Noticing the Real Impact: My First Sunday with Farm to Freezer

by: Jenny Roe

Ever since I heard Cheryl’s inspiring speech at the TedX Manhattan event  last February, I have been looking forward to spending my weekends in the kitchen with Farm to Freezer. I recently graduated with my Master’s from the University of Edinburgh, where I focused my studies on food systems, in particular sustainable food systems from supporting local farmers to reducing food waste to increasing access to fresh, healthy food. So when I moved back home to Bethesda it seemed obvious that Farm to Freezer would be a perfect place for me to meet like-minded people and it would be chance to actively start changing our flawed food system. While I have spent the past few months writing blog posts and learning a bit about the logistics of Farm to Freezer, it was not until last Sunday that I had my first hands-on experience. I was inspired.

bins for fresh produce

Bins filled with surplus, local fresh vegetables are prepared for the freezer instead of going to waste

I was shocked by just how much surplus produce there is at the end of farmers markets. My day started off at the Olney Farmers’ Market where I joined Cheryl’s husband in collecting and sorting the surplus produce that Manna Food Center purchases from the farmers market. Farm to Freezer works in collaboration with Manna, where we process and freeze a small portion of the surplus produce and the rest is given fresh to Manna clients. Come winter, a portion of these local frozen vegetables is given to Manna clients and the rest is sold under the Farm to Freezer label.

About 15 minutes before the market closed, farmers started loading up donation bins with beautiful eggplant, peppers, zucchini, green beans, etc. I knew that a lot of food went to waste at the end of markets, but to actually see the amount was surprising. I also felt grateful for these farmers as they were donating pounds of produce they have worked hard to grow.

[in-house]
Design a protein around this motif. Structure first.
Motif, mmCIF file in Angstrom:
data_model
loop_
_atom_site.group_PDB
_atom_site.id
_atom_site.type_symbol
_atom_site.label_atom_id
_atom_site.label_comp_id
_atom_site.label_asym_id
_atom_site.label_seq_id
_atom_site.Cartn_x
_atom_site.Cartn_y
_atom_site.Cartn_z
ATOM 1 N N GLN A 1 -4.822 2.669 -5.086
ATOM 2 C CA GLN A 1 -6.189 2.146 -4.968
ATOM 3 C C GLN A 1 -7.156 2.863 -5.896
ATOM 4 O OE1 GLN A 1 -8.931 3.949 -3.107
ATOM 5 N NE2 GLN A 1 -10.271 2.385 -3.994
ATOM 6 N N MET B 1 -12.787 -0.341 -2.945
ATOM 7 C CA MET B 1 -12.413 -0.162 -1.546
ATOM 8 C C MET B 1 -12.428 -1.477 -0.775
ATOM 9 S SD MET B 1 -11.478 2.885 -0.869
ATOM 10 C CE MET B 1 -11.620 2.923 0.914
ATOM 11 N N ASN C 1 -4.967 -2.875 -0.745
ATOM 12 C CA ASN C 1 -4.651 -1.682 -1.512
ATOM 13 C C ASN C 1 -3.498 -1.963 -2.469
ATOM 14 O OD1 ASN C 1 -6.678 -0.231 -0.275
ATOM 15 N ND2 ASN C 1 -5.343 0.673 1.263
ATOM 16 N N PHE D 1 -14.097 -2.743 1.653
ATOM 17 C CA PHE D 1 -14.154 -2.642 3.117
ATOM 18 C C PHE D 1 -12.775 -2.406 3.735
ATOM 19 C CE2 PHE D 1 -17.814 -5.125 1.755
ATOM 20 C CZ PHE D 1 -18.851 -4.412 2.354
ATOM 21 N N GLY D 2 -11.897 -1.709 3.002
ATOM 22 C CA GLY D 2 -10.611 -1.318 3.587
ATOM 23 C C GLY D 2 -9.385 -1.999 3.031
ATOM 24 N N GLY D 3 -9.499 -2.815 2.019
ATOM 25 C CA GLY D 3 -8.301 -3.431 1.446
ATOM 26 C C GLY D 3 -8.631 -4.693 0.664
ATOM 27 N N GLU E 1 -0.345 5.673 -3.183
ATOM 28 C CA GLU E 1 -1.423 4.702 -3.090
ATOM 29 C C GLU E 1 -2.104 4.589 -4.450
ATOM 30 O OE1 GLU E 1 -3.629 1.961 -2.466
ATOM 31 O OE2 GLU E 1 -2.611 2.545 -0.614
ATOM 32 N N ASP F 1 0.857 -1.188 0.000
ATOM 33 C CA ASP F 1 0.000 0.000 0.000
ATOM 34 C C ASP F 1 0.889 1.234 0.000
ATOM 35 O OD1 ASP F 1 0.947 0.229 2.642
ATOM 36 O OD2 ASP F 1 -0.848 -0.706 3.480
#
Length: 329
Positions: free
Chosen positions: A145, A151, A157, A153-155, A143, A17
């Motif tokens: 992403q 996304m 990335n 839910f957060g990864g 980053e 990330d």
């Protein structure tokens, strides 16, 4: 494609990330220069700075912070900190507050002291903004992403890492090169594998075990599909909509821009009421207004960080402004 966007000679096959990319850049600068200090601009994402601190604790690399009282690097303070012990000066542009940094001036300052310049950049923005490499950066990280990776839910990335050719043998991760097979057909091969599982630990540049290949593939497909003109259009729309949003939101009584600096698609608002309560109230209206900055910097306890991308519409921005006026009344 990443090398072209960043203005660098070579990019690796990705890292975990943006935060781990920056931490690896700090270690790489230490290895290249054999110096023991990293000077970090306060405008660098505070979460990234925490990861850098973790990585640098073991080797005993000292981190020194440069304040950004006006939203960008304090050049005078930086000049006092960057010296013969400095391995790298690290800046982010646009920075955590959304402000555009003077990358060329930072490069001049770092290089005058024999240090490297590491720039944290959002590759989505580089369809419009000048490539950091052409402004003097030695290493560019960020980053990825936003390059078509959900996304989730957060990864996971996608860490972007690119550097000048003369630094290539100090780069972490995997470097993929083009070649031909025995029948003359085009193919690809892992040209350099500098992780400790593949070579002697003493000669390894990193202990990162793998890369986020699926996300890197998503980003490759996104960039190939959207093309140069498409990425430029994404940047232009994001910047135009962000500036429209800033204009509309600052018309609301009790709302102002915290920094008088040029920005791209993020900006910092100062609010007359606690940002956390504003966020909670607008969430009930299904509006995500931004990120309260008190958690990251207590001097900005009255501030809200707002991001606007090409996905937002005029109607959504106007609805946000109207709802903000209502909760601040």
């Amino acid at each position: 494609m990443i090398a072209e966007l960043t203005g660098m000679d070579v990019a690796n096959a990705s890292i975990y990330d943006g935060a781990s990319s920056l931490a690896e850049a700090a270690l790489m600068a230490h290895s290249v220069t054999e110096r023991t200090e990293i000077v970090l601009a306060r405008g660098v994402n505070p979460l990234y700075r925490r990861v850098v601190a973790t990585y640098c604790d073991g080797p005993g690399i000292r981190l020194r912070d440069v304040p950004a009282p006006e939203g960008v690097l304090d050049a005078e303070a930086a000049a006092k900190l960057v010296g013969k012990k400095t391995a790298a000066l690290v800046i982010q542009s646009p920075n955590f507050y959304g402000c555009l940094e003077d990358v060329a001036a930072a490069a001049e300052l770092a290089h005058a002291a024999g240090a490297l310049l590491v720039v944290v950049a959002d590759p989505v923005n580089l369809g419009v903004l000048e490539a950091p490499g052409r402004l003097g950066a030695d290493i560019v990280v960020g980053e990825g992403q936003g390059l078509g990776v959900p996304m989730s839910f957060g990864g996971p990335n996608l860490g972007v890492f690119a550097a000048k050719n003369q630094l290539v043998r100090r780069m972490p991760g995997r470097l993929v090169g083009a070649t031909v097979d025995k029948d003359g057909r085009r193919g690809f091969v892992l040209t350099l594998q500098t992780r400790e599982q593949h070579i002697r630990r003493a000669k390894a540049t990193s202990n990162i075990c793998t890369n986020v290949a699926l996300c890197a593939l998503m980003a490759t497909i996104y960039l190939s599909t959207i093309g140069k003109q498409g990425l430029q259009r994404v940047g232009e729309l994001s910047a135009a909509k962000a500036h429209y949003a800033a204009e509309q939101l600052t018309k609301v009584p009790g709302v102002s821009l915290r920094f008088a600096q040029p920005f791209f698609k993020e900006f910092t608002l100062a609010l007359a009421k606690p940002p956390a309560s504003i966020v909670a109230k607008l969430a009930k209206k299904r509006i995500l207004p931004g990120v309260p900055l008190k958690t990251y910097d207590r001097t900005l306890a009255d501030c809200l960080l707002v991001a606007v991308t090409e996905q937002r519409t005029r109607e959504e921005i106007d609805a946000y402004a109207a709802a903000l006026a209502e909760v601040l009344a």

Jennie_Steve_Avi

That’s me along with Steve and Avi chopping eggplant.

After the market closed and the Manna truck was loaded up with the donated produce, we made our way to the kitchen in Silver Spring where all of the volunteers were waiting, energized and excited to start cooking! Cheryl gave us a brief training and some instructions for the day before we started washing, chopping, blanching, baking, and packaging the gorgeous produce. It was hard-work, we spent 3-4 hours preparing the food but it went by fast as everyone chatted about life, jobs, families, things we are passionate about and, most importantly, about the work we were doing and the impact we were making. It was really incredible to see so many people donate their time to save great food from going to waste and preparing it for those in need.

At the end of the day I may have been exhausted, however it was more than worth it and I cannot wait for these next few months. When I opened the freezer to see the bags of delicious, nutritious produce that we redirected from the landfill to where food belongs, I fully began to appreciate the importance of Farm to Freezer’s mission. So join us and make a difference while having a wonderful time in the kitchen with hard-working, inspiring people (oh and you may even be able to enjoy some DELICIOUS home-made hummus). You can sign up as Manna volunteers to join Farm to Freezer on Saturday and Sunday afternoons through the end of October here. We will add more dates to the calendar monthly.

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2 Responses to Noticing the Real Impact: My First Sunday with Farm to Freezer

  1. RenataR says:

    How much kitchen knowledge does a volunteer need to have?

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